28. Soothe a scared kid. Send a stuffed animal to projectsmile.org; police officers and paramedics will hand them out to trauma victims.

29. Give land to a poverty-stricken woman. For $150, landesa.org secures a plot for a woman in India to live and grow food with her family.

30. Rush in relief when disasters like Hurricane Isaac strike. Teamrubiconusa.org uses your $11 to keep a veteran ready to deploy to crisis areas.

31. Rebuild schools after devastation. Every dollar to happyheartsfund.org, created by former Glamour Woman of the Year Petra Nemcova, does just that around the globe.

Compliments of: Martha Small | Austin Portfolio Real Estate | 512.587.0308

Original Article by: Emily Mahaney

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The beleaguered retailer posts yet another dismal quarterly earnings report.

 

J.C. Penney CEO Ron Johnson continues to offer investors more spin than a dreidel at Hanukkah instead of actual results. His job is now clearly in jeopardy.

The iconic Plano, Tex., retailer Friday posted quarterly results that were even more dismal than Wall Street had feared. Its net loss narrowed to $123 million, or 56 cents a share, versus $143 million, or 67 cents, a year earlier. Total sales plunged an eye-popping 26.6% to $2.93 billion. Excluding one-time items, the loss was 93 cents a share. Wall Street had forecast a loss of 7 cents on revenue of $3.27 billion, according to Dow Jones. As earnings misses go, this one’s huge.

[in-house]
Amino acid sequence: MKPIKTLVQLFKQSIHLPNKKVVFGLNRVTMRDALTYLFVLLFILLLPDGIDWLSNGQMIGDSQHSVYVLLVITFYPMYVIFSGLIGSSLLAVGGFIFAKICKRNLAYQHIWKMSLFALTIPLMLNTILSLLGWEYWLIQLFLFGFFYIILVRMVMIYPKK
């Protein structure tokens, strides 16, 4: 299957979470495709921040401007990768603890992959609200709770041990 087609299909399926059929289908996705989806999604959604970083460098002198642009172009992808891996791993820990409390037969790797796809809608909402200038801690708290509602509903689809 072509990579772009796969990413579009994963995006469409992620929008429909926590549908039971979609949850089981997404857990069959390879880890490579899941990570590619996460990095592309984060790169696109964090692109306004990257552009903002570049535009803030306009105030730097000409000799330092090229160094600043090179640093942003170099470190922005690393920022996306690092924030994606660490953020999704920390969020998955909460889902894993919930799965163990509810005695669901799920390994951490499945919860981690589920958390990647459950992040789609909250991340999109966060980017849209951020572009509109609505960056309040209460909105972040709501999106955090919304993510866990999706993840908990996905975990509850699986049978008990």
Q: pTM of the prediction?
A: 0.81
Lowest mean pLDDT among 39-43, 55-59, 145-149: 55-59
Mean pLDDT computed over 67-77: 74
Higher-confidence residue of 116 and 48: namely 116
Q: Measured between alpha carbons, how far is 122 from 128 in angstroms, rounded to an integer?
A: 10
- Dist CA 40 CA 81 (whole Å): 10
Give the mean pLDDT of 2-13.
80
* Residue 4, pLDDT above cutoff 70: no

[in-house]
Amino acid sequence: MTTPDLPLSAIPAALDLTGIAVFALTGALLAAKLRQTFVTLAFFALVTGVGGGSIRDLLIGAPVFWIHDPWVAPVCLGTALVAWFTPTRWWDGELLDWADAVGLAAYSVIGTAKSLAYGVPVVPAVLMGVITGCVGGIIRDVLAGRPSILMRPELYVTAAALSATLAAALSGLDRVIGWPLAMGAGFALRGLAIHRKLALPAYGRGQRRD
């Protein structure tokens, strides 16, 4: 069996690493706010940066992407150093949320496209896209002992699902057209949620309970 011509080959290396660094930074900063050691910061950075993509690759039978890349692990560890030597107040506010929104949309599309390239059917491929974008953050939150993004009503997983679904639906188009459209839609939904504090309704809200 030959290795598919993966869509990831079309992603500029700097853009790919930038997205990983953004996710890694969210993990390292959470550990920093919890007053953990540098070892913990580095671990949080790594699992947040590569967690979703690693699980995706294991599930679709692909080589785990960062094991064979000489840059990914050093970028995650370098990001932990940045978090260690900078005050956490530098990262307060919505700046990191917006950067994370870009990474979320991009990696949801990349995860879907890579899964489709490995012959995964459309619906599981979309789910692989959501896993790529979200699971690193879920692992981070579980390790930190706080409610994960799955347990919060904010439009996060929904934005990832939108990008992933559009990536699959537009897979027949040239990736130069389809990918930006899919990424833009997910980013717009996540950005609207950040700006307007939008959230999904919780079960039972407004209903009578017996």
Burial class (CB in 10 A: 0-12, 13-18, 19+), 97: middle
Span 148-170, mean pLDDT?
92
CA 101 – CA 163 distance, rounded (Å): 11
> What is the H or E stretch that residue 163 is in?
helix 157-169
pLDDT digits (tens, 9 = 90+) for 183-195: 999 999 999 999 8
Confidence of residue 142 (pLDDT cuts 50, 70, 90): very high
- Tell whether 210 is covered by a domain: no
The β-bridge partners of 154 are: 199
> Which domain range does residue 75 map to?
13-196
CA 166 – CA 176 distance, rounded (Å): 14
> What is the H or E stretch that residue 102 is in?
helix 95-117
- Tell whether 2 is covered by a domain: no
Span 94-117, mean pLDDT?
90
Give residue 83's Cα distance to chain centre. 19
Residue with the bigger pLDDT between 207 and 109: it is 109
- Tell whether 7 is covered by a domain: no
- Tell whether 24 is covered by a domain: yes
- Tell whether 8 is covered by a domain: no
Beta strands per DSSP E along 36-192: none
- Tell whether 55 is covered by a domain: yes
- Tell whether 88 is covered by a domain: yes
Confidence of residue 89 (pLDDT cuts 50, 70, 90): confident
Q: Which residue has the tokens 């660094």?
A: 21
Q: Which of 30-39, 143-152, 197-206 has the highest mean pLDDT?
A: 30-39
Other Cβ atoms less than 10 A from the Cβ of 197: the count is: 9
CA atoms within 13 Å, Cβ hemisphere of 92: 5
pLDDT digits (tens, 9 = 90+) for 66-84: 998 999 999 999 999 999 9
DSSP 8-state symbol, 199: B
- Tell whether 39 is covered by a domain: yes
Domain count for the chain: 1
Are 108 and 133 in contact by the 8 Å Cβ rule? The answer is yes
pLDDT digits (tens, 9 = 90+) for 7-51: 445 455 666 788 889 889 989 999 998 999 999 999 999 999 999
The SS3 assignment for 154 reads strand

Not surprisingly, shares of J.C. Penney are plunging in early trading. They have fallen more than 38% since the start of the year. Johnson’s magic touch that served him well at Apple (AAPL +1.73%) has eluded him at J.C. Penney. Sensing that he may be on borrowed time, Johnson is pleading for investors to be patient. His hubris is remarkable.

“Today, JCP is really a tale of two companies,” he said in a press release. “By far the largest part of our store is the old J.C. Penney, which continues to struggle and experience significant challenges as evidenced by our third quarter results. However, the new JCP, centered around the shop concept, is gaining traction with customers every day and is surpassing our own expectations in terms of sales productivity which continues to give us confidence in our long-term business model.”

It’s hard to see what he means. Same-store sales, a key retail metric, plunged 26.1% during the quarter, indicating that Johnson’s store-in-a-store strategy, isn’t gaining traction. His gimmicks, such as free kid’s haircuts and family photographs, while interesting are not enough to convince these people to actually buy J.C. Penney merchandise.

Johnson has got plenty of self-confidence. Recently, he told Fortune, “We’re going to create an entirely new retail model that’s built for the next 100 years.” Some in the retail world are still convinced that Johnson is a genius who needs more time to realize his vision.

“Call me crazy, but this man has a reputation for vision and a track record that prompted members of the J.C. Penney board to hire him in the first place,” wrote David Selby, a former Sears (SHLD +1.08%,) executive, in Ad Age. “They wanted disruption, and they got it — but disruption is very, very messy and takes time.”

While Selby has a point, his call for patience doesn’t carry the same weight as Bill Ackman’s. The head of Pershing Square Capital, which owns about an 18% stake in J.C. Penney — far the retailer’s largest shareholder — earlier this year had argued that the retailer’s future under Johnson was bright. Whether he still feels that way is not clear.

If Johnson fails to produce decent results during the holiday season — and the odds are against him — the board will be forced throw in the towel and fire him. J.C. Penney would then be forced to sell itself at a fire sale.

Compliments of: Martha Small | Austin Portfolio Real Estate | 512.587.0308

Original Article by: Jonathan Berr